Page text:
5 Key Phrases For Community Managers

Regular readers of this blog (if there are any) know that I harp on the importance of words. Language is a community manager’s most powerful tool. When misused, language can do enormous damage. With that in mind, I’ve put together a list of phrases that community managers might find helpful when communicating with members.

speech bubbles1. “Thank you”

Recognition and acknowledgement are two key reasons people participate in online communities. When  you publicly thank somebody for their contributions, you’re feeding both needs. Plus, as I’ve said before (see item 3 here), it’s simply the right thing to do.

2. “I’m sorry you’re having a problem”

Community managers hear a lot of complaints. You’ll want to act quickly to address those that are legitimate. But for all complaints, legitimate or not, acknowledge the issue and express empathy. People will generally understand if there’s a valid reason for whatever it is that’s bothering them. What they won’t understand is a lack of acknowledgment.

3. “Your input is appreciated”

Members of your community will come to you with ideas. Some will be great. Others, not so much. You don’t always need to agree with or act on ideas from members. But you must always read and acknowledge them.

4. “I took the liberty of moving your post”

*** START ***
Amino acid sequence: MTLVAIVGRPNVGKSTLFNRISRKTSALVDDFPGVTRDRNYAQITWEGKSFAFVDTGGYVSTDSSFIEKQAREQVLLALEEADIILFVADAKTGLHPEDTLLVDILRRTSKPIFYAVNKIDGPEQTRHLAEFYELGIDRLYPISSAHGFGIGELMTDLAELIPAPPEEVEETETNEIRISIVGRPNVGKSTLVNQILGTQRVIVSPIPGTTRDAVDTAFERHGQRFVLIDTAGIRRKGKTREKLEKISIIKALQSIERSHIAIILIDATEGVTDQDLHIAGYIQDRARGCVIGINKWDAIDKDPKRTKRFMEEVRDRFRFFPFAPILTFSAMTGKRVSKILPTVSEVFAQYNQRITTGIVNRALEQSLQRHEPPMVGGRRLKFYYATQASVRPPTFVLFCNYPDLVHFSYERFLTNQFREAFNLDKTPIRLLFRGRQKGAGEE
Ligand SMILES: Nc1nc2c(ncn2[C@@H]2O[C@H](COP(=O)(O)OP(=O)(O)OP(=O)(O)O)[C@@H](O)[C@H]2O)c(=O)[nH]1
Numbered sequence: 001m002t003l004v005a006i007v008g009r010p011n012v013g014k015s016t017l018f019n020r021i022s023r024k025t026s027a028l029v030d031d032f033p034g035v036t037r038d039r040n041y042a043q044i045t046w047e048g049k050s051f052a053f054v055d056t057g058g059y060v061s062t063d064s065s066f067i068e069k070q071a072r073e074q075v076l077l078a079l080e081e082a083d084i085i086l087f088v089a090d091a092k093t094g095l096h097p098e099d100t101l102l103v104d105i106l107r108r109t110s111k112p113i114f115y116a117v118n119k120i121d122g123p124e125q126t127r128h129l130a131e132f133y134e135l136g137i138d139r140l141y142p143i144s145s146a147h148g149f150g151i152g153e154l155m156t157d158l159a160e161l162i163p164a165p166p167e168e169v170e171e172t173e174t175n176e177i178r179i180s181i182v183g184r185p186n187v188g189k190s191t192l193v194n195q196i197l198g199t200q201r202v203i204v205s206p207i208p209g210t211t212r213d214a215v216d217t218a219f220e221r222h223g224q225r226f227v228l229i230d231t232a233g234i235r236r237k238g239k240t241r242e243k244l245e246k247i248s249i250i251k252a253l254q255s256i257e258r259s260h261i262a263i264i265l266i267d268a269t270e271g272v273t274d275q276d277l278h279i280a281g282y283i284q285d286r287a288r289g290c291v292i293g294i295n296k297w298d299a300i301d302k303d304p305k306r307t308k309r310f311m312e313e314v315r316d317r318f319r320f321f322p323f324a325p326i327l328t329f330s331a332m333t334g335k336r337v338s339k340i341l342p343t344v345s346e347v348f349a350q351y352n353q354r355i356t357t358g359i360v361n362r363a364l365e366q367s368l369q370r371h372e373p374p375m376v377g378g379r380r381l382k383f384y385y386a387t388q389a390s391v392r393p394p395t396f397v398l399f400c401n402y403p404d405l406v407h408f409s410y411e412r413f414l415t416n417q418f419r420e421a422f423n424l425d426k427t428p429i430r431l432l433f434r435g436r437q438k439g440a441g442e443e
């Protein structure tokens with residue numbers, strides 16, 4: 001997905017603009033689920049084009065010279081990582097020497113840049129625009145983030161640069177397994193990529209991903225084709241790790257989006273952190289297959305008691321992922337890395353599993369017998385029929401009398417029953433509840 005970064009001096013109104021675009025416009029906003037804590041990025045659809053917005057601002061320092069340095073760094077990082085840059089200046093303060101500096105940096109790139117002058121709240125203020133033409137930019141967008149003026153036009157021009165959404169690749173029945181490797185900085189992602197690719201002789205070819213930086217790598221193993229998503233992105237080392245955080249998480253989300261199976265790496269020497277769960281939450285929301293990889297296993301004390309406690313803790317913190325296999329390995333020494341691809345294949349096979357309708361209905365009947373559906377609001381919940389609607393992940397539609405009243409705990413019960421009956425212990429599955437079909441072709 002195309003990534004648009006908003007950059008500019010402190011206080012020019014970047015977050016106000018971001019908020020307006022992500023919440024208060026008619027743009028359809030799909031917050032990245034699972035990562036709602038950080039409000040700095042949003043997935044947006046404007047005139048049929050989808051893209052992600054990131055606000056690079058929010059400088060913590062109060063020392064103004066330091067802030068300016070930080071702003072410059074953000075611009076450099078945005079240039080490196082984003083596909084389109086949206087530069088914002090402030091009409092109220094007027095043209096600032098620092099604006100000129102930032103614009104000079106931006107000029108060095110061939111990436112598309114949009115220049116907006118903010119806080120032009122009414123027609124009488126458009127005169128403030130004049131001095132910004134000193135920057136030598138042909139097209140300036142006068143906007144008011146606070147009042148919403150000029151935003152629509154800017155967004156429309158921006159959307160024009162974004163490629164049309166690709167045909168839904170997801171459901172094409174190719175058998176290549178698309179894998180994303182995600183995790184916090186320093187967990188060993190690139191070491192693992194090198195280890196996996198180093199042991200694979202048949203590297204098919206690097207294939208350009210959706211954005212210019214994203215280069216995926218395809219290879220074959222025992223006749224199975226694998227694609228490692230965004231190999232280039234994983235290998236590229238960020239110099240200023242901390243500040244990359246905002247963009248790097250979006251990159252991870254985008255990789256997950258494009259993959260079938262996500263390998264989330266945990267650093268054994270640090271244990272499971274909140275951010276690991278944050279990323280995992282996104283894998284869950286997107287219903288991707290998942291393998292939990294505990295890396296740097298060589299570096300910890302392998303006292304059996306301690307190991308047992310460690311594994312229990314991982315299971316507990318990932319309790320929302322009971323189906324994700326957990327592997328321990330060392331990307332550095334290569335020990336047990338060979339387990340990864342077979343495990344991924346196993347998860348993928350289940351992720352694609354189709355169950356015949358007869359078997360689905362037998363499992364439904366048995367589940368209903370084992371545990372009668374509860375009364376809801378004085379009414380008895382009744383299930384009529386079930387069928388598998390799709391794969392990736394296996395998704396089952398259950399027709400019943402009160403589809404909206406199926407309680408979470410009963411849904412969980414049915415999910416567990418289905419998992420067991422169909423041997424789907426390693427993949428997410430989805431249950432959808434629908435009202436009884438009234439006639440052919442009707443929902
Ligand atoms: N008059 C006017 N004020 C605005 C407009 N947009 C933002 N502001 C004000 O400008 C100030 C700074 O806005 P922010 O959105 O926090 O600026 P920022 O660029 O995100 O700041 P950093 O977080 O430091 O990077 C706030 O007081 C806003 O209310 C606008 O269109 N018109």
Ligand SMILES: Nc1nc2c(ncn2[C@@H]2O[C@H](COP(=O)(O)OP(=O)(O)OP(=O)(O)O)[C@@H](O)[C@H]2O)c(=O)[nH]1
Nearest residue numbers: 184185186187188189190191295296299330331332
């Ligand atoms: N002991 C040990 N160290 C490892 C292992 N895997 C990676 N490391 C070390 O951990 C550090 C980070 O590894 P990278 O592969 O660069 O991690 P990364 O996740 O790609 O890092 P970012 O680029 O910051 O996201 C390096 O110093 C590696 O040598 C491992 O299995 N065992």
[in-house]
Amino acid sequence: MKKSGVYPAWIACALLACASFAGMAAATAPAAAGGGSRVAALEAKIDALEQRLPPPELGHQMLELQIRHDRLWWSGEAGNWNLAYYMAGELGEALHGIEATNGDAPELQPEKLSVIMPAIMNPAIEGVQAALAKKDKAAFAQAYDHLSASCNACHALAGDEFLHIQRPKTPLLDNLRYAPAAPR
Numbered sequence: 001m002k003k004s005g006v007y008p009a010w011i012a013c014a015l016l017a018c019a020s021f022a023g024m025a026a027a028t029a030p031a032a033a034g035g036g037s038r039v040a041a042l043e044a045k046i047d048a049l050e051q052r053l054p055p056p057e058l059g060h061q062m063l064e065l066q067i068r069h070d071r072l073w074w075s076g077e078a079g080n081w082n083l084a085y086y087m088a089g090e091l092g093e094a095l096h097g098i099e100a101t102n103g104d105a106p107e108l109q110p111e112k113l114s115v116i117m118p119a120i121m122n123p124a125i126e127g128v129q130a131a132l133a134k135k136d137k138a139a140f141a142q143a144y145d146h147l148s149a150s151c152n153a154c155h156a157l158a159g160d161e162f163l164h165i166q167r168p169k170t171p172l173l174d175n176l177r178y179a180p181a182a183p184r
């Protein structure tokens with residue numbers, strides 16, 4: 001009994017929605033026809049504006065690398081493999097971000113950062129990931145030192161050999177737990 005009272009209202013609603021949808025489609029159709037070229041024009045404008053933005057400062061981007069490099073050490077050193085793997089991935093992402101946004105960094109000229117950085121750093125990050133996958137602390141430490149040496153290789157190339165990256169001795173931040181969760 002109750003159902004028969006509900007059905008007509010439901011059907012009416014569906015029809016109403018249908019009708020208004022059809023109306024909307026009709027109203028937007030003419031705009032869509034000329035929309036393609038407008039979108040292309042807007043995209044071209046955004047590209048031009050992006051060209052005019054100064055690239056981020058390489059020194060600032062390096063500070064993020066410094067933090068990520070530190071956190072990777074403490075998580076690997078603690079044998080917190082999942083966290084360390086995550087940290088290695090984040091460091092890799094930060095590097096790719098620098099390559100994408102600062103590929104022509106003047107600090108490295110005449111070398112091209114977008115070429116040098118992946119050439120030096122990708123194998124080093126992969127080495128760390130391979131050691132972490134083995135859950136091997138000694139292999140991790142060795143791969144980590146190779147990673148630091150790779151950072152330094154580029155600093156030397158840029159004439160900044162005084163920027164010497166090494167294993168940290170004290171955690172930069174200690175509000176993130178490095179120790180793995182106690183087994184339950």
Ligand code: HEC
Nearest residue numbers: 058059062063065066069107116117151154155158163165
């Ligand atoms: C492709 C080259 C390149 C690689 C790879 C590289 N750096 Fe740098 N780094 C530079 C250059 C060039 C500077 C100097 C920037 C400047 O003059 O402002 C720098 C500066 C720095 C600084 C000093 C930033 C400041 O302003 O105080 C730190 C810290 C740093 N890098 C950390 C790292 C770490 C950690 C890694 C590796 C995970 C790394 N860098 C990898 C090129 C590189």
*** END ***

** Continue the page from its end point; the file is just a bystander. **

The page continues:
Well run online communities have rules aimed at keeping the conversation organized. Participants are asked to post about certain topics in certain areas and such. New members often run afoul of these rules. Never scold people for this kind of thing. Instead, turn it into an opportunity to welcome the new member.  Take what they posted and move it to the correct place. Then thank them for their contribution and, with a gentle reminder about the rules, let them know you’ve taken the liberty of moving their post.

5. “I can’t really add anything to what’s been said”

Every experienced community manager has run into a participant that latches on to some perceived misstep or slight and won’t let go. Each polite reply is met with demands for more information. Don’t play that game. When you feel this person’s questions have been sufficiently answered, tell them that you really can’t add anything to what’s been said. If they ask more questions, post the same reply. Eventually, they’ll move on.

Are there certain phrases you use when dealing with your community? Please share them in the comment section below.

Photo credit: Marc Wathieu

2 comments for “5 Key Phrases For Community Managers

  1. May 21, 2012 at 10:39 am

    “From my perspective….” is a crucial one for me. We all have difference experiences and perspectives that color how we see something and making it clear that you are speaking for yourself rather than declaring something to be true helps encourage a discussion vs. an argument.
    Great post!

  2. May 21, 2012 at 10:50 pm

    @Rachel That’s a good one, too.

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